Leasehold scandal: defending “ground rent” claims against solicitors

The problems faced by some purchasers of leasehold interests continue, due to the existence of onerous ground rent clauses. We are seeing an influx of claims alleging that the purchasers’ solicitors’ have breached their duty of care for failing to advise on the adverse effects of the ground rent clause in the relevant lease.

Potential problems

We have previously considered the potential problems caused by unusual or onerous ground rent clauses, including:

  • Affordability for the lessee
  • Impact on the value of the leasehold interest
  • Lenders’ refusal to lend on property purchases where the ground rent is liable to escalate to a level that renders the lease difficult or impossible to sell.

An additional problem is that some freeholders (who have bought the freehold as an investment) are often charging substantial sums to sell it back to the leaseholder. This means that the cost of buying the freehold or extending the lease can become unaffordable.

These problems can all lead to potential claims against the purchasers’ solicitors.


“Doubling” ground rent clauses (and hybrid clauses which include doubling of ground rent) are deemed to be unusual and onerous. It ought therefore to be apparent to a solicitor that the ground rent would become excessive and so may affect the value and marketability of the lease. Consequently, a solicitor owes a duty to explain how the ground rent escalates, that such escalation may affect the resale of the lease and therefore it should be recommended that the client takes advice from a valuer before purchase.

Whilst a lease that provides for RPI-linked reviews is not in itself onerous or unusual, this will depend on how frequent the reviews are. The UK Finance Mortgage Lenders’ Handbook contains individual lenders’ specific requirements regarding ground rent. Lenders are generally comfortable with rent reviews linked to RPI but will often require doubling ground rents to be referred back to them for review.

Liability is always case specific, however where a solicitor fails to advise on such a clause, there is a significant risk they will be found to have breached their duty of care.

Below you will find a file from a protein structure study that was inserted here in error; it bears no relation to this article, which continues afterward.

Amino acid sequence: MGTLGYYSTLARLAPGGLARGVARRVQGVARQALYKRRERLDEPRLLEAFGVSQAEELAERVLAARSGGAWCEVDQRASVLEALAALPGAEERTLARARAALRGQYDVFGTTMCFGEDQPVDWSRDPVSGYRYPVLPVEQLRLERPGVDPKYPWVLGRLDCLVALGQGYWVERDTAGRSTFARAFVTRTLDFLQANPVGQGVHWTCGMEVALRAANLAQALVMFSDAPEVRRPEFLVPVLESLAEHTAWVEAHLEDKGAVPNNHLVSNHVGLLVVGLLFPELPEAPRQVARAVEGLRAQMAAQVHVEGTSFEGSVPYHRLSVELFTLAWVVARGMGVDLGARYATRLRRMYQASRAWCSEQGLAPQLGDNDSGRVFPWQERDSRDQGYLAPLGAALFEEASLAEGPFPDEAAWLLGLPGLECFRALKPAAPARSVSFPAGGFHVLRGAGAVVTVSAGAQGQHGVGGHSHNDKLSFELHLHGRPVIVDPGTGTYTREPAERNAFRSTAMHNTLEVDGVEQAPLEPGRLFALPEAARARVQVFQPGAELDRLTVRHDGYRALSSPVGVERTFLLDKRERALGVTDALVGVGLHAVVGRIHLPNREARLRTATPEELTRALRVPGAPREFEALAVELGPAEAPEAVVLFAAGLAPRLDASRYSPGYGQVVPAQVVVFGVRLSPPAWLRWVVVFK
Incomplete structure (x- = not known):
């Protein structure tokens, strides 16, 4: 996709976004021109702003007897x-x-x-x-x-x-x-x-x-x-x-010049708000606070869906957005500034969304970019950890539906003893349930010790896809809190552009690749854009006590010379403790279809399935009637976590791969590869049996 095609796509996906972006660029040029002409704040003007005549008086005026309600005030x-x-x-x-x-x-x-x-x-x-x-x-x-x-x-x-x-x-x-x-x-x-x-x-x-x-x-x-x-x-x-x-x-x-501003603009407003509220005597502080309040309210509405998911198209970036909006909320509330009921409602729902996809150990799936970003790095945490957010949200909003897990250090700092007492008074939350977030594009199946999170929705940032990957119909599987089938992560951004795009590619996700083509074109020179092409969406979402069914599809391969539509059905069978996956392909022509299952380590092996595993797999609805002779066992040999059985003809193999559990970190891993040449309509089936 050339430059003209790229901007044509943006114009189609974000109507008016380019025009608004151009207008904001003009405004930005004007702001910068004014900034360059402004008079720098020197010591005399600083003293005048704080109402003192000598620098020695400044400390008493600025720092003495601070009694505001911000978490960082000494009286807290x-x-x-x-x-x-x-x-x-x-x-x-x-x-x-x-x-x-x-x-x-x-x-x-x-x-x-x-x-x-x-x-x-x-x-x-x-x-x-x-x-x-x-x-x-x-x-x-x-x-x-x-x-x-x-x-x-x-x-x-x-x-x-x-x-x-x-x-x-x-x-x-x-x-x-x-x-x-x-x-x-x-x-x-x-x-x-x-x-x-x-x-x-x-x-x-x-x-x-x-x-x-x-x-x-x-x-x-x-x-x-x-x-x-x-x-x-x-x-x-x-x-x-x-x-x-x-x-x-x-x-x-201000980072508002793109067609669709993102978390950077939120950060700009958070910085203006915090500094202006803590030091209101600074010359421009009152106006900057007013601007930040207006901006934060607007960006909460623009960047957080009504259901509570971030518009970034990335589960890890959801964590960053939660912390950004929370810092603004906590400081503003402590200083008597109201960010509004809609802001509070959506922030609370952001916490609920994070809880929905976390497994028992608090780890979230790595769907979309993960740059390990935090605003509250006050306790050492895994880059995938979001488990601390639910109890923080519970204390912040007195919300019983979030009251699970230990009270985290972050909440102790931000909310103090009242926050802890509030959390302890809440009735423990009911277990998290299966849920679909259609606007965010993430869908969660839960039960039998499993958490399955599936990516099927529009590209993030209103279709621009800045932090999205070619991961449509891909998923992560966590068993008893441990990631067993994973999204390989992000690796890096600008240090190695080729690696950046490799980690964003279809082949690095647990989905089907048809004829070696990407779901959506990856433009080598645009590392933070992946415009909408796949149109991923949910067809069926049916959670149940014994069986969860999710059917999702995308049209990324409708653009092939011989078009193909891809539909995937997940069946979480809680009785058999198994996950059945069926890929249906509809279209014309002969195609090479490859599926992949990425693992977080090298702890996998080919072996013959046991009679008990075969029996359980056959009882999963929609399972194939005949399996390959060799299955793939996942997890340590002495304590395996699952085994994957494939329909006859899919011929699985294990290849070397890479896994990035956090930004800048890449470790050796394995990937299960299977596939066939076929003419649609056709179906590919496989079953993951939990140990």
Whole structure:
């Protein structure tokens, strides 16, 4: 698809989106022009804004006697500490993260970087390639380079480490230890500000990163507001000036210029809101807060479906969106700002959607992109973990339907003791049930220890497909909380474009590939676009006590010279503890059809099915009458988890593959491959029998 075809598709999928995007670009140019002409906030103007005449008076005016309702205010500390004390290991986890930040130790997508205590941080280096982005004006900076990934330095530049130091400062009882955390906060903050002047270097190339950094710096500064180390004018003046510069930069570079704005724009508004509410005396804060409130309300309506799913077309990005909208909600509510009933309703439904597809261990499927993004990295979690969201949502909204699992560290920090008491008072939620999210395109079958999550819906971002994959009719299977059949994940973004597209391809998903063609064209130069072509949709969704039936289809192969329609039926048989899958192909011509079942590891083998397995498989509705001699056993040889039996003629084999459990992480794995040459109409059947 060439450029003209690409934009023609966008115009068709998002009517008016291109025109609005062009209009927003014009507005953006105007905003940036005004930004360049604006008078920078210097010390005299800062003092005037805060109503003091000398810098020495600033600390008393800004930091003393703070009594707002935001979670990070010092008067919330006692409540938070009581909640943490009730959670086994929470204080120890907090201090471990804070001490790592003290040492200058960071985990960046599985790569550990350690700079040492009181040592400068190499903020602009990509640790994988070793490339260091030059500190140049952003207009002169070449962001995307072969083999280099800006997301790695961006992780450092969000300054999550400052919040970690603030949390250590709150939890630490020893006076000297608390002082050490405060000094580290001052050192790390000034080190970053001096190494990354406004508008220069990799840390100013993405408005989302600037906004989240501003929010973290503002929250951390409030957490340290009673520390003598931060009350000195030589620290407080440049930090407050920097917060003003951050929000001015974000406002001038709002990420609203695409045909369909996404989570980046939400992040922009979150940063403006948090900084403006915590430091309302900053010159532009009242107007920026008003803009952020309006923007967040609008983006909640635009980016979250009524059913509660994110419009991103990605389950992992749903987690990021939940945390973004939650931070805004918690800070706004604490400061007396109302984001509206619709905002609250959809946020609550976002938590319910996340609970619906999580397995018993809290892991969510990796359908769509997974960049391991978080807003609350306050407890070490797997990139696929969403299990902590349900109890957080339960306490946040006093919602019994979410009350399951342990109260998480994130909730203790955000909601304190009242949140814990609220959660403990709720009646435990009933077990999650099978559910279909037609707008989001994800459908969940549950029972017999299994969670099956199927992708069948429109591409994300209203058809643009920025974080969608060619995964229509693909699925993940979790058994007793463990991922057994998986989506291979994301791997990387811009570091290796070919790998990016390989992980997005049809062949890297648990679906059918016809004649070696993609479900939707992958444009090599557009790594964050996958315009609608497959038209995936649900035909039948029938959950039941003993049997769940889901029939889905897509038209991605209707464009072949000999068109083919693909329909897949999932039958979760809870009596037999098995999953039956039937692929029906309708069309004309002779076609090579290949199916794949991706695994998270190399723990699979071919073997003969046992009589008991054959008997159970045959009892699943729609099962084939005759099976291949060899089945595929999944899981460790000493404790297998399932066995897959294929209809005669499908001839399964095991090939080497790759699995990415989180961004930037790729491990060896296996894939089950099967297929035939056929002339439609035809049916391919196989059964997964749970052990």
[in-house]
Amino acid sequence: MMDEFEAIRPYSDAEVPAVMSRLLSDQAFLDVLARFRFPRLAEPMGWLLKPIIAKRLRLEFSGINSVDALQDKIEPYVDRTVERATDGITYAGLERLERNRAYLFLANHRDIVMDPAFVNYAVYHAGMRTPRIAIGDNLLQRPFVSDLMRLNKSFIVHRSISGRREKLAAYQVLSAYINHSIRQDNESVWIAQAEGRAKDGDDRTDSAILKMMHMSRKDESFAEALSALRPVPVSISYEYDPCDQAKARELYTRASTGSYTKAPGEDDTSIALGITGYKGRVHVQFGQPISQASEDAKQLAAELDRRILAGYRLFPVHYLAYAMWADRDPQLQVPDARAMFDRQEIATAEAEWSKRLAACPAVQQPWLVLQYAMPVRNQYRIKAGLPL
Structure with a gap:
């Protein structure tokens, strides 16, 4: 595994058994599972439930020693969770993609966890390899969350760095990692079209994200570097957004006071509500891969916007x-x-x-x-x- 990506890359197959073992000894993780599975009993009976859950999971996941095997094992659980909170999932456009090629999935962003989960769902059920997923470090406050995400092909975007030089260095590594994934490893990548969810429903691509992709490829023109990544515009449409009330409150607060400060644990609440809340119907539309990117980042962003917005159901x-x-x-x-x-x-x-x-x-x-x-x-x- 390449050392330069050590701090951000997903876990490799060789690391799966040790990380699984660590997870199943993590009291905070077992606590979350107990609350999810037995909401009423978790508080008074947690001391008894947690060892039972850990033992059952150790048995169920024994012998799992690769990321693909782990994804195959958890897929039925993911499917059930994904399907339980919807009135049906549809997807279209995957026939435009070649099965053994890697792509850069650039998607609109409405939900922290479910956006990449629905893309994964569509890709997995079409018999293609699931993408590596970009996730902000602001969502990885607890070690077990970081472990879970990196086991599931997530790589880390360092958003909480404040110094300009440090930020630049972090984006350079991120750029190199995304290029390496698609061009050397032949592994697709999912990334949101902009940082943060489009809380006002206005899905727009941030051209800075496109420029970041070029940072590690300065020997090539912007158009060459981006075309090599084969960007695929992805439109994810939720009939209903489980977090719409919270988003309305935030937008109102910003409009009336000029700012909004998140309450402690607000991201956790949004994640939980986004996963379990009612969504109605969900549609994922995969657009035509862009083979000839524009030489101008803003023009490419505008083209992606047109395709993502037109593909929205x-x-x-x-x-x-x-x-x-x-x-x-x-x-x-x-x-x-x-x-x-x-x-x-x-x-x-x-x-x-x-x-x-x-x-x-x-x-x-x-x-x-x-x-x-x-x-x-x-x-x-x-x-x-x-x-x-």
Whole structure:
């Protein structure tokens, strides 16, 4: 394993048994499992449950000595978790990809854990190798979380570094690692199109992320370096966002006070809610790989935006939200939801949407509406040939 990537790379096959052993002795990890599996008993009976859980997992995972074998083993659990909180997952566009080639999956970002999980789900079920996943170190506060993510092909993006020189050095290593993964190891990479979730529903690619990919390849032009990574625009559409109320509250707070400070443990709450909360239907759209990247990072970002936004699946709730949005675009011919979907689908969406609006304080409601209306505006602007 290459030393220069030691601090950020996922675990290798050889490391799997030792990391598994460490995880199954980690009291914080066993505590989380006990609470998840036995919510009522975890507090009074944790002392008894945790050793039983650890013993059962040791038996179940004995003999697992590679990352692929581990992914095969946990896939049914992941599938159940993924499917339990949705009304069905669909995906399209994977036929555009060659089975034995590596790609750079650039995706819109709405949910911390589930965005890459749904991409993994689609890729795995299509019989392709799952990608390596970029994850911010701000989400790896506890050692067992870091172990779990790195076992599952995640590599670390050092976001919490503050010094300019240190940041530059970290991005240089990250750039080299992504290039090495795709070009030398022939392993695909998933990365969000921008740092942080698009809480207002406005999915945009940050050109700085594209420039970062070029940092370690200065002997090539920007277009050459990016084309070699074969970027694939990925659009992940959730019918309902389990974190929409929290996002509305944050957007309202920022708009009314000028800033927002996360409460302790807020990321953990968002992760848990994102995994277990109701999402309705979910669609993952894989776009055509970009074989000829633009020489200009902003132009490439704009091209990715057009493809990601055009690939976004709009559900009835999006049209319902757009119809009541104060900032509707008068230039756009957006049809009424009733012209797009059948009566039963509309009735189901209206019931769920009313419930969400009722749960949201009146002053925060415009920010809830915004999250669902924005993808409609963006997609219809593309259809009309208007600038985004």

In all ground rent cases, the claimants will have to show that the negligence caused them a loss that they would not have suffered if they had been properly advised.

In many cases, it will not be possible to disprove a claimant’s contention that they would not have proceeded with the purchase, save where there is actual evidence on the causation issue that would serve to refute it.

Assured Shorthold Tenancy

Further problems arise where the ground rent exceeds (or will in due course exceed) £1,000 p/a in London, or £250 p/a elsewhere. If this happens, it will fall within the ambit of the Housing Act 1988 and become an Assured Shorthold Tenancy (AST). This creates risk for the leaseholder as it enables the landlord to repossess the property in certain scenarios.


It will usually be possible for claimants to bring their liability for the ground rent to an end altogether by acquiring the freehold of houses under the Leasehold Reform Act 1967. In the case of flats, they can acquire a new lease at a peppercorn rent under the Leasehold Reform, Housing and Urban Development Act 1993.

It would be the cost of so doing (the premium payable and the legal costs of the process) or of negotiating a variation to lease, where one can be agreed, which is likely to be the starting point for calculating the loss.

Signs of change

The government’s consultation ‘Implementing reforms to the leasehold system’ looked at how a number of measures to tackle unfair practices in the leasehold market should work in practice.

The subsequent “Public Pledge for Leaseholders” requires the signatories (currently some 63 developers and freeholders) to pledge to:

  • Identify leases within their portfolio, which contain a clause whereby ground rent doubles more frequently than every 20 years
  • Contact leaseholders to inform them and offer to amend this to a clause linked to the RPI
  • Assist any leaseholder who approaches them to request such a doubling clause be reviewed, even if they have not previously taken up an offer of variation
  • Not insert into any future lease agreement a clause whereby ground rent doubles more frequently than every 20 years
  • Take all necessary steps to ensure a potential leaseholder is advised of all relevant costs associated with the lease before the lease is signed.


Only time will tell whether the 63 developers and freeholders will deliver on the pledge but, in the meantime, insurers will continue to see claims when purchasers discover that they have signed up to onerous clauses without having received adequate advice. 

This article was co-authored by Amy Childs, Legal Apprentice, Taunton

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Read other items in Professions and Financial Lines Brief - September 2019